The Door County flag flying at the City of Sturgeon Bay government building, seen on Thursday, Nov. 12, 2020. Photo by Collin Massad.

Part one of a series on how Door County’s use of $5.3 million in federal funding could affect social and economic issues in the community.

The Door County government is considering projects to bolster child care, help fund the construction of new affordable housing and create a new long-term addiction recovery center as part of its use of the more than $5.3 million the county will receive through the federal American Rescue Plan.

Also on the county’s list of proposals for the funding are efforts to kick-start a new county-wide broadband internet initiative, fund new groundwater testing and invasive species control, and provide training and new address signs county-wide for emergency services.

The County Board’s finance committee on Monday reviewed the proposals and forwarded them on to the full County Board. The County Board will begin considering them at its Jan. 25 meeting.

The county will receive $5,374,185 under the 2021 law, which contains elements intended to stimulate faster economic growth over the long term. That funding will be delivered in two payments, and the county already has received the first payment, county administrator Ken Pabich said at a Jan. 12 public hearing about the funding.

The money must be used for costs incurred since March 3, 2021, Pabich said. It must be obligated by the end of 2024 and must be spent by the end of 2026.

The county’s proposals for the funding include:

  • Initiatives to improve child care options in Door County, including by bolstering home-based child care providers and funding a new coordinator position at United Way of Door County to oversee child care efforts. The proposal is designed to complement the projects funded by the $3.5 million state grant that United Way was awarded last month. The coordinator position also would oversee the implementation of that grant. (Total cost: $438,500)
  • The purchase of a building to house a new sober living facility, which would be operated by an outside firm and would provide long-term treatment for people recovering from addiction. Door County residents who need treatment for addiction currently receive it outside the county, county Health and Human Services director Joe Krebsbach said at the finance committee meeting Monday. The county has seen increases in residents struggling with heroin and meth addiction in recent years, Krebsbach said. (Total cost: Estimated at $575,000)
  • Efforts to significantly increase the county’s supply of affordable housing, including by providing funding for a new revolving loan fund for affordable housing construction and a planned 45-unit affordable housing development in Sister Bay. Both projects already have secured additional funding or tax credits. (Total cost: $500,000 for the revolving loan fund; $500,000 for the Sister Bay development)
  • Creating a county broadband coordinator position and providing community grants to begin expanding broadband internet access county-wide. These efforts would be among the first steps toward implementing a plan for county-wide broadband access laid out in a 2021 report commissioned by the Door County Economic Development Corporation. (Total cost: $1 million)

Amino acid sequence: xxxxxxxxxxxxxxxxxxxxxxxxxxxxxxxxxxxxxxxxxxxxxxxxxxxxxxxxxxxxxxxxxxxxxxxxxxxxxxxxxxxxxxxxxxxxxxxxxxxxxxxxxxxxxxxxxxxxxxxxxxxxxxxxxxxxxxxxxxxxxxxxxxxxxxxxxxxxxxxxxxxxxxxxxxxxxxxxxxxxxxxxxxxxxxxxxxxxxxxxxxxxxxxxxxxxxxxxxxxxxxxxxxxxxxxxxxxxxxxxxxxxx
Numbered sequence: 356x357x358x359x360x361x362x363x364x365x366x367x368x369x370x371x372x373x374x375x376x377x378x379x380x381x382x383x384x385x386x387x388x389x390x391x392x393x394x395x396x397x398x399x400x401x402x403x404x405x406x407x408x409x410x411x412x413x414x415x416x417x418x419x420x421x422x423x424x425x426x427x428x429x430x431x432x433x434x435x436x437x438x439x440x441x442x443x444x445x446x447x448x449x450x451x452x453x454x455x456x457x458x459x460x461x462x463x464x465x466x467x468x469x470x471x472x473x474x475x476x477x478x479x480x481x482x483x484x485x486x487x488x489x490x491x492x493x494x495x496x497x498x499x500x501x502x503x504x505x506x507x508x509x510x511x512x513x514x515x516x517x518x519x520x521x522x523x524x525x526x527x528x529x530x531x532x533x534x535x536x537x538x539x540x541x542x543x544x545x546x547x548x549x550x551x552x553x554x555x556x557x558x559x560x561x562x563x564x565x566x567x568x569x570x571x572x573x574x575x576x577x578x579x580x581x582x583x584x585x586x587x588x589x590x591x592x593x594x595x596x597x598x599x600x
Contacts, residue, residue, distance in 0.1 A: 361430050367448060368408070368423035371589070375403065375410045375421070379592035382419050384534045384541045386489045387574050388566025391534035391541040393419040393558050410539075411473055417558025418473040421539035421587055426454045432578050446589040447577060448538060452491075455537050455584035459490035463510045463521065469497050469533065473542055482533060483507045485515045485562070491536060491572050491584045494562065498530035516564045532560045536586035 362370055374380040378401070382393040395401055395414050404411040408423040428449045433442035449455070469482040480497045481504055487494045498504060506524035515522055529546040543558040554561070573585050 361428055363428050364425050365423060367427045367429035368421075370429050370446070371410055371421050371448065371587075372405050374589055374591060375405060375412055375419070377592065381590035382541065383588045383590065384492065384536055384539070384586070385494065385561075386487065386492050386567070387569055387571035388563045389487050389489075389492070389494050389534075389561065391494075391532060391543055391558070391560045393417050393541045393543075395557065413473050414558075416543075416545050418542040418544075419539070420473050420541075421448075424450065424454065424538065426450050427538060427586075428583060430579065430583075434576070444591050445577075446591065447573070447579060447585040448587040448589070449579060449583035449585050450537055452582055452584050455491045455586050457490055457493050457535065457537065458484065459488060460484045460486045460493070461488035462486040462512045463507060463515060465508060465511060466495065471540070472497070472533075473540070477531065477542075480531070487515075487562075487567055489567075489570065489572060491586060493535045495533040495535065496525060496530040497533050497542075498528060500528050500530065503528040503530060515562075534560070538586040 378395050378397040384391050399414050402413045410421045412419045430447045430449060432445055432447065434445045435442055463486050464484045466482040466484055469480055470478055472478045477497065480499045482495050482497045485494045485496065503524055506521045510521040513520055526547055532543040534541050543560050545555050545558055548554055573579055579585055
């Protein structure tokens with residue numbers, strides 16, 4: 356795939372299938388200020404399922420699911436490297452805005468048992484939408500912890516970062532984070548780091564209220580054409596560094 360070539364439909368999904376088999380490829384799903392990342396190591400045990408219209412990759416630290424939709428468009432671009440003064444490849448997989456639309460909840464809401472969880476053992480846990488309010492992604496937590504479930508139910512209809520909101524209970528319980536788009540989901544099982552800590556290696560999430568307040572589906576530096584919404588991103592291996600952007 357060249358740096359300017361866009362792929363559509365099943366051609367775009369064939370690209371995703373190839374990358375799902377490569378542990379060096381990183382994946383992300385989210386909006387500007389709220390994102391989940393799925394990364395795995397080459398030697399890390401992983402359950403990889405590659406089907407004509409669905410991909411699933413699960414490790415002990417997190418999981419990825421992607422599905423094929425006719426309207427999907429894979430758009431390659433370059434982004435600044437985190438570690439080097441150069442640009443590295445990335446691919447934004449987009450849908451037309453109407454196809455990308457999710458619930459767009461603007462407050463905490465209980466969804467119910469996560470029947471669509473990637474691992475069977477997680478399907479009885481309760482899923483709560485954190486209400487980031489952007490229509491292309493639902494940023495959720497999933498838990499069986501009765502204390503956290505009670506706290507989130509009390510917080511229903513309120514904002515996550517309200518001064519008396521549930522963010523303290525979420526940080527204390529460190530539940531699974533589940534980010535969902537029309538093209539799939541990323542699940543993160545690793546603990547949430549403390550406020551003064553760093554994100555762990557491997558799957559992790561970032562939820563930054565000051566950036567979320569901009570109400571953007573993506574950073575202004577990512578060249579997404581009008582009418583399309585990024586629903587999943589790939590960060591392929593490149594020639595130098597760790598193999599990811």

• New training and new address signs county-wide for emergency services. This would include sponsoring the education of four EMTs, two advanced EMTs, and two paramedics per year for three years. Students would have to commit to work for the county Emergency Services department for a set length of time. It also would include the installation of new, two-sided blue address signs placed perpendicular to the road throughout the county, replacing all existing green, single-sided address signs. (Total cost: $72,000 for the training program; an estimated $800,000–$1 million for the address signs)
  • Efforts to expand groundwater testing and invasive species control. This would include a preliminary screening of about 20 private wells for what the county refers to as “emerging” contaminants on which little to no data exists. It also would include controlling 120 acres of non-native Phragmites, which the county describes as a priority invasive species. (Total cost: $280,500 for groundwater testing; $204,500 for invasive species control)

At the public hearing last week, representatives from three nonprofits — Advocates In-Home Care, Do Good of Door County, and Help of Door County — also requested assistance through the county’s American Rescue Plan funding. Pabich said the county could establish a process for those and other nonprofits to apply for funding.

The federal funding could provide solutions to long-standing issues in the county, County Board vice chair Susan Kohout said at the public hearing. Kohout is a member of the finance committee.

“It isn’t very often that the county has money like this,” Kohout said. “It’s kind of a once-in-a-generation or maybe once-in-a-lifetime opportunity to address some of these things that have been problems for a long, long time.”

To read more details about the proposals, click here. The proposals start on page 18 of the document.

The Door County Board of Supervisors is scheduled to meet at 10 a.m. on Tuesday, Jan. 25 and will begin reviewing these proposals.